List Of Fictional Literature Featuring Opera
This is a list of literary fiction which features opera in the plot. "Features" excludes fleeting mentions: for a literary work to be on this list opera must be a significant part of the plot, or, alternatively, provide significant context and backdrop. The bibliographic references are to the date and place of earliest publication.
Read more about List Of Fictional Literature Featuring Opera: Authors A-B, Authors C, Authors D, Authors E-F, Authors G-H, Authors I-K, Authors L, Authors M, Authors N-Q, Authors R, Authors S, Authors T-Z
Other articles related to "list of fictional literature featuring opera, opera":
... Leo Tolstoy War and Peace Helen Traubel The Metropolitan Opera Murders Anthony Trollope The Landleaguers Carl Van Vechten Interpreters and interpretations Jules Verne Dr ... der Oper Edith Wharton The Age of Innocence Kirby Williams The Opera Murders Audrey Williamson Funeral March for Siegfried Chelsea Quinn Yarbro Music when Sweet Voices Die (later ...
Famous quotes containing the words list of, opera, list, fictional and/or literature:
“Sheathey call him Scholar Jack
Went down the list of the dead.
Officers, seamen, gunners, marines,
The crews of the gig and yawl,
The bearded man and the lad in his teens,
—Joseph I. C. Clarke (18461925)
“The Opera is obviously the first draft of a fine spectacle; it suggests the idea of one.”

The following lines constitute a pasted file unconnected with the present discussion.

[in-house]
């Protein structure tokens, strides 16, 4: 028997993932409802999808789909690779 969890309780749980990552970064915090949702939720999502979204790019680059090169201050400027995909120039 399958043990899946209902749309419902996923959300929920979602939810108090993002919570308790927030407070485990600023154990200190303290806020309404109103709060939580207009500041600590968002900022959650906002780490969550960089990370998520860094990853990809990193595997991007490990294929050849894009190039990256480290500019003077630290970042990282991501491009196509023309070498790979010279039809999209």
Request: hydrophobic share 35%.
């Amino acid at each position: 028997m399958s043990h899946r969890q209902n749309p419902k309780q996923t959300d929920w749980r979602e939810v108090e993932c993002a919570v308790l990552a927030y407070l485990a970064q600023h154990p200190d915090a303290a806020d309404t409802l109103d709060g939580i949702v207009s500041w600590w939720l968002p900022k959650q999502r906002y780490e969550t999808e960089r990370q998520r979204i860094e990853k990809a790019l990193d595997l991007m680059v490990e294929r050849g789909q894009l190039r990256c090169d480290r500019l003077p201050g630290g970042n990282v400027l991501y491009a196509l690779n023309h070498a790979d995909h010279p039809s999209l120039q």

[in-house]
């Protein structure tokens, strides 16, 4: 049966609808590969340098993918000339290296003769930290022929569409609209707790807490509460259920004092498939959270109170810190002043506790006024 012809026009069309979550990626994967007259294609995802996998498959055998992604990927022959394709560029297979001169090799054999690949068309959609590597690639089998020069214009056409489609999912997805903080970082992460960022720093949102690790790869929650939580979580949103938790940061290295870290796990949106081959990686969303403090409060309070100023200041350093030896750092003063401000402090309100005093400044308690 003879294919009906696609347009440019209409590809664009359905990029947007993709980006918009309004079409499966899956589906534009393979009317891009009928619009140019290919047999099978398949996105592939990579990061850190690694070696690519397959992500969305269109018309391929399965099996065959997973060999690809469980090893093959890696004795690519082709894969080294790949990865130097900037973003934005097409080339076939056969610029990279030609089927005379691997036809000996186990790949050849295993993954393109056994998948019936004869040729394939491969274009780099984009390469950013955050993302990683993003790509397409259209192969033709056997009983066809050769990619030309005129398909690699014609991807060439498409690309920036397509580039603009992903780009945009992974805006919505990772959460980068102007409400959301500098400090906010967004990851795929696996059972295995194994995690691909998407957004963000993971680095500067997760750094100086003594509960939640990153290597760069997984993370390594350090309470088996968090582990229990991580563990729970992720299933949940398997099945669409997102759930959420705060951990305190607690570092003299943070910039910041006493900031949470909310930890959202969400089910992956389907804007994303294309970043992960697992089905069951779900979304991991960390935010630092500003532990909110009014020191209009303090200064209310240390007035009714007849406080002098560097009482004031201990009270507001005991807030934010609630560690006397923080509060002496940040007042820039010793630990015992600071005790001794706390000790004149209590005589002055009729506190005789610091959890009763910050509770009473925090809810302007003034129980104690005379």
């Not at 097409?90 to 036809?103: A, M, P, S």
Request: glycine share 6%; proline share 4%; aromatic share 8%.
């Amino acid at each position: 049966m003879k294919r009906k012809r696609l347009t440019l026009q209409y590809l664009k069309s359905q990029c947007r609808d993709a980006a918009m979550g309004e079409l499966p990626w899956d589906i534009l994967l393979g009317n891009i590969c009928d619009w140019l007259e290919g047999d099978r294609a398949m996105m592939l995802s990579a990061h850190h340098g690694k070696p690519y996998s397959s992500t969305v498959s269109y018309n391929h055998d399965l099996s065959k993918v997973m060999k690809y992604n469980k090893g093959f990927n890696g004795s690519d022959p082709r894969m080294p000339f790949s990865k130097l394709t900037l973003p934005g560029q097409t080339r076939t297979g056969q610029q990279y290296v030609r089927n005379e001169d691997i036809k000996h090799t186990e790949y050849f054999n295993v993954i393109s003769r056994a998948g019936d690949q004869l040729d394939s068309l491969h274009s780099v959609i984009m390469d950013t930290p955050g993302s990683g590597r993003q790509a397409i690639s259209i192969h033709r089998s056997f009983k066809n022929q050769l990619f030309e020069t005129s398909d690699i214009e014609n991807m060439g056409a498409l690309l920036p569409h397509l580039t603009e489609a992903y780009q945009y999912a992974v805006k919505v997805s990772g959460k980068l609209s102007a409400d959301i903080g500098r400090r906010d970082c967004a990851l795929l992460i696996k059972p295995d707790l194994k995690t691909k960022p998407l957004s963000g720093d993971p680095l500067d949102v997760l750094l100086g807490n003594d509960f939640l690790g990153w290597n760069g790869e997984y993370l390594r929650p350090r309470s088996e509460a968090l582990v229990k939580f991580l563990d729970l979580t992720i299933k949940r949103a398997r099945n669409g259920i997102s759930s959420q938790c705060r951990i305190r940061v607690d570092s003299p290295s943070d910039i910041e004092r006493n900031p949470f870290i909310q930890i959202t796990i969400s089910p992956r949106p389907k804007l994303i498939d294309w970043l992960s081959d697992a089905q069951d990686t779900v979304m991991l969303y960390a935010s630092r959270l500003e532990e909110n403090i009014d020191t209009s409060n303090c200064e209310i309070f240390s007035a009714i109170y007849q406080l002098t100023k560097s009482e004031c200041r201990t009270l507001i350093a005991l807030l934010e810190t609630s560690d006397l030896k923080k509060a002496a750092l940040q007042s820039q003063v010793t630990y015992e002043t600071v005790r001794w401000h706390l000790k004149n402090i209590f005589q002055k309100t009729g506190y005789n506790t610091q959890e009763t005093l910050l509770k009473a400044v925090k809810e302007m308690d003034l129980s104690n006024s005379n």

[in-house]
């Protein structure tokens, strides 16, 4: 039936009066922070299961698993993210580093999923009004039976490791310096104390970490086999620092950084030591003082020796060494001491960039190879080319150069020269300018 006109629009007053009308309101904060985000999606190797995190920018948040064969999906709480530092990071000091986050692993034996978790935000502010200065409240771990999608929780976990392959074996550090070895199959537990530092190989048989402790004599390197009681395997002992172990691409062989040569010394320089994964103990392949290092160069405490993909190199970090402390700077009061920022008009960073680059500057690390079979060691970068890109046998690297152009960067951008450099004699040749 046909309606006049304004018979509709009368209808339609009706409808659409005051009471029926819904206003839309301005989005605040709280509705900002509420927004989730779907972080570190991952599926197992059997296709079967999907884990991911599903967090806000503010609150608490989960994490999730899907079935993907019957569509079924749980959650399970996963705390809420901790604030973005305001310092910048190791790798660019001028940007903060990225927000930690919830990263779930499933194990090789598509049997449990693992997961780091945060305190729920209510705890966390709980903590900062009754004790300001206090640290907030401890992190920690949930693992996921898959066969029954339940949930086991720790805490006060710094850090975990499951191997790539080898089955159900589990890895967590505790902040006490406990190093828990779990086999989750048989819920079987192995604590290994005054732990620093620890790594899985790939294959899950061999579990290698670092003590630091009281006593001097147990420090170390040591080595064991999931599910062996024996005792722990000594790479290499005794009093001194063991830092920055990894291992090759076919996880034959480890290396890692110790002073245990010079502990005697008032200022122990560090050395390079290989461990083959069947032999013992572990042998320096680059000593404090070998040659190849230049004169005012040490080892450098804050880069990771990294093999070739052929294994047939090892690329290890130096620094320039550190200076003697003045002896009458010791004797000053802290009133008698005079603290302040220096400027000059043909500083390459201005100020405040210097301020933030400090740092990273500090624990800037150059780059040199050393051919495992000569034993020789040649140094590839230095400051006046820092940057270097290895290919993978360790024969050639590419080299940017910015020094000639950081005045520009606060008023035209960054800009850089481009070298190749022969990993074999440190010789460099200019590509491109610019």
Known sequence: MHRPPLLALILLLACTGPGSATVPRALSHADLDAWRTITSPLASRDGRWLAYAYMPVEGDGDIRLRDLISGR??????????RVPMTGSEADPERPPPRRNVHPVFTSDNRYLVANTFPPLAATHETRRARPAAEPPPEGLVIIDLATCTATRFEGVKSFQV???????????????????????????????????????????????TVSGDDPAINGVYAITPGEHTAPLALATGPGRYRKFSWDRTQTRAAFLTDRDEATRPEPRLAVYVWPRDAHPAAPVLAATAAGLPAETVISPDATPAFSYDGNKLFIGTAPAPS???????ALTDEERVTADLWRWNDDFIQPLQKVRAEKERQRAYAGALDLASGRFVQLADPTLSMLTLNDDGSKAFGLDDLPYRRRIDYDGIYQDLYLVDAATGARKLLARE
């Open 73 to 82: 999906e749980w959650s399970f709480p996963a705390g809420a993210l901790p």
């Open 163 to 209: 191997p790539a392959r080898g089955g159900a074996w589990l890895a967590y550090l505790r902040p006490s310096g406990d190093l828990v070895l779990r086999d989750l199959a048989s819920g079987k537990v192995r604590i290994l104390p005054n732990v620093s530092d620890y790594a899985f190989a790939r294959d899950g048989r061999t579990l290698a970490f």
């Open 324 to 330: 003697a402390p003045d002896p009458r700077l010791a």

—Jean De La Bruyère (16451696)
“Thirtythe promise of a decade of loneliness, a thinning list of single men to know, a thinning brief-case of enthusiasm, thinning hair.”
—F. Scott Fitzgerald (18961940)
“One of the proud joys of the man of lettersif that man of letters is an artistis to feel within himself the power to immortalize at will anything he chooses to immortalize. Insignificant though he may be, he is conscious of possessing a creative divinity. God creates lives; the man of imagination creates fictional lives which may make a profound and as it were more living impression on the worlds memory.”
—Edmond De Goncourt (18221896)
“But it is fit that the Past should be dark; though the darkness is not so much a quality of the past as of tradition. It is not a distance of time, but a distance of relation, which makes thus dusky its memorials. What is near to the heart of this generation is fair and bright still. Greece lies outspread fair and sunshiny in floods of light, for there is the sun and daylight in her literature and art. Homer does not allow us to forget that the sun shone,nor Phidias, nor the Parthenon.”
—Henry David Thoreau (18171862)